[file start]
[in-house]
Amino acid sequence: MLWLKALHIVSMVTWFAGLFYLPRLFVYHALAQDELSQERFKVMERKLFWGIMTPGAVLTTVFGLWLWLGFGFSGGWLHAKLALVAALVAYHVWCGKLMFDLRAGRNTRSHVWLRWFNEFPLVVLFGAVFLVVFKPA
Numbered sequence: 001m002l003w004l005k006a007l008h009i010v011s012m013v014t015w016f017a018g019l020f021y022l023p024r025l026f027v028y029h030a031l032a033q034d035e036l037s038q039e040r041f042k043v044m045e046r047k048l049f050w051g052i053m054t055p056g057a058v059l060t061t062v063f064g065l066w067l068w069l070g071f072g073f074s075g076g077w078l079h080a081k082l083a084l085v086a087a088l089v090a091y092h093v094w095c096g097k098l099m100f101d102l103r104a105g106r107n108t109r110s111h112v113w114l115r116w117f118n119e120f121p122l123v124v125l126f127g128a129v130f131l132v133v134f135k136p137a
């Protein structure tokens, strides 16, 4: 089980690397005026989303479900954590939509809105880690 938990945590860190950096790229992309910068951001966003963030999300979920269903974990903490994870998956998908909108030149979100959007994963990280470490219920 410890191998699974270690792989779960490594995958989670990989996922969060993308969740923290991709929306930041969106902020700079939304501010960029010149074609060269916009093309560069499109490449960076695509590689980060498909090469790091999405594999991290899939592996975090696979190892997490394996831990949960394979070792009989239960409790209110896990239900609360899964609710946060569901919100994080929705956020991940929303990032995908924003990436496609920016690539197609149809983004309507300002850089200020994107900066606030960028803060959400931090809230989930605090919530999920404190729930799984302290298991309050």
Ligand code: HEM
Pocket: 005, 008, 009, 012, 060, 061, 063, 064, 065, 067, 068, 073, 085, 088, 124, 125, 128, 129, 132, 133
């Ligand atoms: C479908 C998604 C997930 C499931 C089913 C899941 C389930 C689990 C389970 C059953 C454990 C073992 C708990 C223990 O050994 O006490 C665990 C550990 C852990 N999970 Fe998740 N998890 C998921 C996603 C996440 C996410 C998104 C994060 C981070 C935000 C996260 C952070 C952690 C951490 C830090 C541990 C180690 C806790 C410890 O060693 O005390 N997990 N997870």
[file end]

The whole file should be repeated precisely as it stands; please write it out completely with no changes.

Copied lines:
[in-house]
Amino acid sequence: MLWLKALHIVSMVTWFAGLFYLPRLFVYHALAQDELSQERFKVMERKLFWGIMTPGAVLTTVFGLWLWLGFGFSGGWLHAKLALVAALVAYHVWCGKLMFDLRAGRNTRSHVWLRWFNEFPLVVLFGAVFLVVFKPA
Numbered sequence: 001m002l003w004l005k006a007l008h009i010v011s012m013v014t015w016f017a018g019l020f021y022l023p024r025l026f027v028y029h030a031l032a033q034d035e036l037s038q039e040r041f042k043v044m045e046r047k048l049f050w051g052i053m054t055p056g057a058v059l060t061t062v063f064g065l066w067l068w069l070g071f072g073f074s075g076g077w078l079h080a081k082l083a084l085v086a087a088l089v090a091y092h093v094w095c096g097k098l099m100f101d102l103r104a105g106r107n108t109r110s111h112v113w114l115r116w117f118n119e120f121p122l123v124v125l126f127g128a129v130f131l132v133v134f135k136p137a
């Protein structure tokens, strides 16, 4: 089980690397005026989303479900954590939509809105880690 938990945590860190950096790229992309910068951001966003963030999300979920269903974990903490994870998956998908909108030149979100959007994963990280470490219920 410890191998699974270690792989779960490594995958989670990989996922969060993308969740923290991709929306930041969106902020700079939304501010960029010149074609060269916009093309560069499109490449960076695509590689980060498909090469790091999405594999991290899939592996975090696979190892997490394996831990949960394979070792009989239960409790209110896990239900609360899964609710946060569901919100994080929705956020991940929303990032995908924003990436496609920016690539197609149809983004309507300002850089200020994107900066606030960028803060959400931090809230989930605090919530999920404190729930799984302290298991309050």
Ligand code: HEM
Pocket: 005, 008, 009, 012, 060, 061, 063, 064, 065, 067, 068, 073, 085, 088, 124, 125, 128, 129, 132, 133
């Ligand atoms: C479908 C998604 C997930 C499931 C089913 C899941 C389930 C689990 C389970 C059953 C454990 C073992 C708990 C223990 O050994 O006490 C665990 C550990 C852990 N999970 Fe998740 N998890 C998921 C996603 C996440 C996410 C998104 C994060 C981070 C935000 C996260 C952070 C952690 C951490 C830090 C541990 C180690 C806790 C410890 O060693 O005390 N997990 N997870």